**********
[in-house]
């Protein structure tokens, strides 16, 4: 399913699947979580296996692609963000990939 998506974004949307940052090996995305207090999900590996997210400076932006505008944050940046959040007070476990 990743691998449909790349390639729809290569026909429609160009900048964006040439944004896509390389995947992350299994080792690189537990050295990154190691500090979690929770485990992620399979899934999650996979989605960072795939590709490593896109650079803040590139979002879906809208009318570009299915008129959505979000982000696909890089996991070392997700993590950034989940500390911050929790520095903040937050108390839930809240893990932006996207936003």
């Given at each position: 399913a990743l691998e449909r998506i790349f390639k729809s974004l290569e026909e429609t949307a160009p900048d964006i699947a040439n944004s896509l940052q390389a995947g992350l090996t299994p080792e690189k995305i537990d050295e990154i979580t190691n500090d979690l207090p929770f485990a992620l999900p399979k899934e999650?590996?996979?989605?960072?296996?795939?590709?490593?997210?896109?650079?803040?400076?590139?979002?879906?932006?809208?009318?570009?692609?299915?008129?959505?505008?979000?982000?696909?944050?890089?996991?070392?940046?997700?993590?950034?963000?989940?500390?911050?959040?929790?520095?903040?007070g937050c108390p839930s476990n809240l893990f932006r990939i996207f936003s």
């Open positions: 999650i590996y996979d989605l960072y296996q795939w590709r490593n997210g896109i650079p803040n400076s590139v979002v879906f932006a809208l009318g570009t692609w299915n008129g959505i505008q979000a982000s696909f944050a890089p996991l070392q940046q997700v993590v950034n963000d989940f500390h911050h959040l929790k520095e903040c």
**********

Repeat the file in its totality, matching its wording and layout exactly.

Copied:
[in-house]
């Protein structure tokens, strides 16, 4: 399913699947979580296996692609963000990939 998506974004949307940052090996995305207090999900590996997210400076932006505008944050940046959040007070476990 990743691998449909790349390639729809290569026909429609160009900048964006040439944004896509390389995947992350299994080792690189537990050295990154190691500090979690929770485990992620399979899934999650996979989605960072795939590709490593896109650079803040590139979002879906809208009318570009299915008129959505979000982000696909890089996991070392997700993590950034989940500390911050929790520095903040937050108390839930809240893990932006996207936003």
């Given at each position: 399913a990743l691998e449909r998506i790349f390639k729809s974004l290569e026909e429609t949307a160009p900048d964006i699947a040439n944004s896509l940052q390389a995947g992350l090996t299994p080792e690189k995305i537990d050295e990154i979580t190691n500090d979690l207090p929770f485990a992620l999900p399979k899934e999650?590996?996979?989605?960072?296996?795939?590709?490593?997210?896109?650079?803040?400076?590139?979002?879906?932006?809208?009318?570009?692609?299915?008129?959505?505008?979000?982000?696909?944050?890089?996991?070392?940046?997700?993590?950034?963000?989940?500390?911050?959040?929790?520095?903040?007070g937050c108390p839930s476990n809240l893990f932006r990939i996207f936003s």
């Open positions: 999650i590996y996979d989605l960072y296996q795939w590709r490593n997210g896109i650079p803040n400076s590139v979002v879906f932006a809208l009318g570009t692609w299915n008129g959505i505008q979000a982000s696909f944050a890089p996991l070392q940046q997700v993590v950034n963000d989940f500390h911050h959040l929790k520095e903040c």